Soccer (or football, for anyone not living on this side of the pond) is the world’s most popular sport. It dictates business closings, draws crowds that NASCAR can only dream about and has started more deadly riots than the NBA and the NHL finals combined. We Americans just don’t seem to get the sport, so, sadly, there really is no professional soccer in the U.S.A.
We here at RideLust don’t cover soccer, although I did play in high school (sweeper, actually). All the hype about the world cup got me thinking about a “World Cup Playoff, RideLust Style”. How does it work? Simple – I take the games scheduled and dig up the fastest cars from the countries playing. Based only on specs (unless I can find actual comparative lap times) we declare a winner for the match. I’ll cover the days games, starting with matches on June 22.
Got a favorite car from your favorite country? Let’s hear it. To keep things fair, it has to be produced within the country playing, not just sold there. Tuner cars and your cousin in Ghana’s Lamborghini Diablo don’t count.
Mexico vs Uruguay
Mexico fields the Mastretta MXT, a 240 horsepower coupe with a supercharged inline four motor and mid engine, rear drive layout. The Mastretta weighs a scant 1,984 pounds, giving it a horsepower to weight ratio of 1:8.27. Top speed is said to be 124 miles per hour, which would be a serious limitation on tracks with long straights.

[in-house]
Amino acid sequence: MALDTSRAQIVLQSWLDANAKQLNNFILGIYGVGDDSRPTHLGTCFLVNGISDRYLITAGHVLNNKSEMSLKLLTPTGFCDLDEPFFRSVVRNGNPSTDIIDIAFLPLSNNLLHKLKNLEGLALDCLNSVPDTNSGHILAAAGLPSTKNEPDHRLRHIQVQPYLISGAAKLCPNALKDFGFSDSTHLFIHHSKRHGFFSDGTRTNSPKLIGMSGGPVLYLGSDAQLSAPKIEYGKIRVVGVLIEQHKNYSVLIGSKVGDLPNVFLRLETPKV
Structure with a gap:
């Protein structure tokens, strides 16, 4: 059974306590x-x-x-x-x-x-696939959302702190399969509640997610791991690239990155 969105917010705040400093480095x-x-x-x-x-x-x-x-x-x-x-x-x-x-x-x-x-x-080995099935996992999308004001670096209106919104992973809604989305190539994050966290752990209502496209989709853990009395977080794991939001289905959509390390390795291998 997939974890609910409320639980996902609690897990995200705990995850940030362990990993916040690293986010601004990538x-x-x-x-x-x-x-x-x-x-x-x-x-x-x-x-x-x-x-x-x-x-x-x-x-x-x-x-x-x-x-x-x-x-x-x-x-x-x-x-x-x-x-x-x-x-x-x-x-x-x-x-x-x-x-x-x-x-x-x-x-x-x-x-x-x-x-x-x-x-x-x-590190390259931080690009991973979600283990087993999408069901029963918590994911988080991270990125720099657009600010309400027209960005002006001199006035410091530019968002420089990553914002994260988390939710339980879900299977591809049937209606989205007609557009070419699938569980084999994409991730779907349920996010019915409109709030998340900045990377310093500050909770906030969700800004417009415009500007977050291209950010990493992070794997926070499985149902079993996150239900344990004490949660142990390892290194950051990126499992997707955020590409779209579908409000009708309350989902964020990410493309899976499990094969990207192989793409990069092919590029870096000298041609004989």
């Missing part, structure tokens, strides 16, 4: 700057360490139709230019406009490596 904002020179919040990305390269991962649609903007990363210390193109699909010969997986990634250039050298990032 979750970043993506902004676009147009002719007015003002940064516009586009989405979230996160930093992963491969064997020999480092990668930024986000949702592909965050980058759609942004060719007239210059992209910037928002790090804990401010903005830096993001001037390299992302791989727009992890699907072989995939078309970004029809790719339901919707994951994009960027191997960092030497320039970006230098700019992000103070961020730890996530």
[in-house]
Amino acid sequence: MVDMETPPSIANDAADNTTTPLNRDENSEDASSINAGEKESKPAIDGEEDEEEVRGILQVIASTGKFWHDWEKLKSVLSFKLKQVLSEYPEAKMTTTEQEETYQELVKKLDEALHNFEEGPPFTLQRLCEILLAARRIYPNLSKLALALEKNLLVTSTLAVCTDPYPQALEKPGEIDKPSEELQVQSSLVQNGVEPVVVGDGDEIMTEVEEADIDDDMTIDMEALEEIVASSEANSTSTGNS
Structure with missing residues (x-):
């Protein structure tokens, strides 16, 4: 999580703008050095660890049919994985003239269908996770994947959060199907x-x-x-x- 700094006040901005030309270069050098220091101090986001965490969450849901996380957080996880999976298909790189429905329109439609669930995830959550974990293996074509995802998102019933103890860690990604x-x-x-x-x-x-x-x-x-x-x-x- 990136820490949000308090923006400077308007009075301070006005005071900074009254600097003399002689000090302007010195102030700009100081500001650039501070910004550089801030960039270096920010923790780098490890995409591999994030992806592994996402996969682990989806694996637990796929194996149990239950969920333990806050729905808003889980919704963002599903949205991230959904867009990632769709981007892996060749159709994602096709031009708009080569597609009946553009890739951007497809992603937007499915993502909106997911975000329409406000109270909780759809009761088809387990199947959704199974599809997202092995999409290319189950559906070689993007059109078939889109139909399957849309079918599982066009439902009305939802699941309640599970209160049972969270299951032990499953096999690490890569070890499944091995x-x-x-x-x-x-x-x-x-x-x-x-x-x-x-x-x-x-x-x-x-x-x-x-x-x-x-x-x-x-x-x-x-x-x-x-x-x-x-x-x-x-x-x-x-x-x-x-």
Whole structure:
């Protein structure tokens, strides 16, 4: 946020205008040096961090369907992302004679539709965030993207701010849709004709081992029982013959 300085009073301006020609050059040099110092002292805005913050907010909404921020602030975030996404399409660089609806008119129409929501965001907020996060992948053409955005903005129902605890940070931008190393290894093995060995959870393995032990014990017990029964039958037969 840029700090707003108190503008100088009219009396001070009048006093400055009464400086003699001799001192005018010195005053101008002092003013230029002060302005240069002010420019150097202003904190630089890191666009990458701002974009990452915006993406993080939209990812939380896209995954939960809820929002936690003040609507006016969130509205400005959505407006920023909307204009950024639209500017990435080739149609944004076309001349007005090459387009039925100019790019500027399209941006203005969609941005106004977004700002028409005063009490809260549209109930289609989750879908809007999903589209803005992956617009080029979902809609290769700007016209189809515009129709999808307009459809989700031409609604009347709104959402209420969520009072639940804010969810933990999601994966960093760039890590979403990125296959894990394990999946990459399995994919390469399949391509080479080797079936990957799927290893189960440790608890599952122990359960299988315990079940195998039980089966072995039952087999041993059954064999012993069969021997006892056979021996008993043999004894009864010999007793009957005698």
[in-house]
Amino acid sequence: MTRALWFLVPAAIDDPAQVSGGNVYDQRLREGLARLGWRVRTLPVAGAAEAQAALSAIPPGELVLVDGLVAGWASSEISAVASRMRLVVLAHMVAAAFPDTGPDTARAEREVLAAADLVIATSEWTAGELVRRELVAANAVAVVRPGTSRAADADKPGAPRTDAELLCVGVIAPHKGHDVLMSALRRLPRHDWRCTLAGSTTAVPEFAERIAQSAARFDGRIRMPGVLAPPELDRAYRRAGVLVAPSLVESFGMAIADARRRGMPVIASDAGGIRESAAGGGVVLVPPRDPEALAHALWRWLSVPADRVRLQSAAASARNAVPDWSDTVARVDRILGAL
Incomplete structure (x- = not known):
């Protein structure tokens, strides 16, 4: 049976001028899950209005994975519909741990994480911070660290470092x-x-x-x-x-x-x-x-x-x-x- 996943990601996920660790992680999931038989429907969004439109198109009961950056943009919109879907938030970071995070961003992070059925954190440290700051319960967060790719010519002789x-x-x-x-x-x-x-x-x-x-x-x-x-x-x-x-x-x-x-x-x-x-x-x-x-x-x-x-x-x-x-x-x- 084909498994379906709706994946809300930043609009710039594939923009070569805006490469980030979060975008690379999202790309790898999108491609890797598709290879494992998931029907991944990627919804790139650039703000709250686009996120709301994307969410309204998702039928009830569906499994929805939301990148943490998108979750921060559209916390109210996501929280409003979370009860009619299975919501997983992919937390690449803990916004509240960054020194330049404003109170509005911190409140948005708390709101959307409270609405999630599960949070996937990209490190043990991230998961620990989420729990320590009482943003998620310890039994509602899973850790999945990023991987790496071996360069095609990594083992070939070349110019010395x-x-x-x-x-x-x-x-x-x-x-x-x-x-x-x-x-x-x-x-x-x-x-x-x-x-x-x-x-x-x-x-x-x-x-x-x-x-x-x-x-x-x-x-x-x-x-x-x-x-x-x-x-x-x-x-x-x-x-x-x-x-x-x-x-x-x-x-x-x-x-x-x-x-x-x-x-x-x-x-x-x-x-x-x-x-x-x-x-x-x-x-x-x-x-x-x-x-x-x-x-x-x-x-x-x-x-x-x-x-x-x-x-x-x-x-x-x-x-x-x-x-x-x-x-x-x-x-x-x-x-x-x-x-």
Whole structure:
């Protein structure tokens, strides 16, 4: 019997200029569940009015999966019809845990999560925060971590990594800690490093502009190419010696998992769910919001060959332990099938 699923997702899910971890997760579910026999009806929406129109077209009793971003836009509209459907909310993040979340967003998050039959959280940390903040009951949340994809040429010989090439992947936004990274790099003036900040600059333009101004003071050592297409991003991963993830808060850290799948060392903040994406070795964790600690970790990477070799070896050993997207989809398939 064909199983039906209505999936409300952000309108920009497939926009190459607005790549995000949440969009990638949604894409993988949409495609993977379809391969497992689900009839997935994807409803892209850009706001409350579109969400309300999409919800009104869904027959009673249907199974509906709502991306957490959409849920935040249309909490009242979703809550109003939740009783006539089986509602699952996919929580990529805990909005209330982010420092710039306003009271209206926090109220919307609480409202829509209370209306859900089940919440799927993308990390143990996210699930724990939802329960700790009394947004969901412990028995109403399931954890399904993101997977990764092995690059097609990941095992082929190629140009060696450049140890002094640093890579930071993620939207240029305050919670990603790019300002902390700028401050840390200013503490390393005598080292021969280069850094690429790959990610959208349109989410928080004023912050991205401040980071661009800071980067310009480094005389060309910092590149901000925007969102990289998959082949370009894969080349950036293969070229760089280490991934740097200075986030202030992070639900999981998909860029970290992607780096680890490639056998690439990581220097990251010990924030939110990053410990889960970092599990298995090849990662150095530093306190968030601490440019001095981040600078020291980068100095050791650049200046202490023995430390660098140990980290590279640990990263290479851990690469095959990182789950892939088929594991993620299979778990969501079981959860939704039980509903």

Uruguay fields the Suntrike, a fiberglass bodied, three wheel roadster powered by a 150cc air cooled four cylinder motor. The automatic transmission hampers acceleration, but the Suntrikes diminutive size and low weight (just 397 pounds) help performance. Like all trikes with a single, powered rear wheel, handling is best described as “adventurous”, especially in the wet. Or while cornering. Or while accelerating on anything other than smooth pavement.
In a surprise decision, the match goes to Uruguay, for the simple reason that you can buy a Suntrike but you can’t yet buy a Mastretta MXT. As in the other World Cup, a no-show in the RideLust World Cup counts as a forfeit, so congratulations go to Uruguay and condolences go to Mexico. Better luck next time, Mastretta.
France vs South Africa
France, not wishing to take take chances, fields the mighty Bugatti Veyron. Powered by a quad-turbocharged W16 motor that puts out 987 bhp, the Veyron is capable of zero to sixty times under 2.5 seconds and has a measured top speed of 253.3 miles per hour. At 4,162 pounds, the Veyron isn’t light, but makes so much horsepower (going to all four wheels) that the car’s size rarely hampers its performance (unless you’re drag racing a McLaren F1, that is).
South Africa isn’t going down without a fight, and it fields the Perana Z-one. A collaboration between Zagato and Perana Perfomance Group, the Z-one is a stylish coupe (influenced by Jaguar and Aston Martin) that goes as good as it looks. Powered by a 6.2 liter V8 that produces 442 horsepower, the Z-one will get you to 60 in just over 3.5 seconds. Top speed isn’t listed, but a curb weight of just 2,631 pounds, combined with the vehicle’s aerodynamic shape, will ensure a reasonable top speed.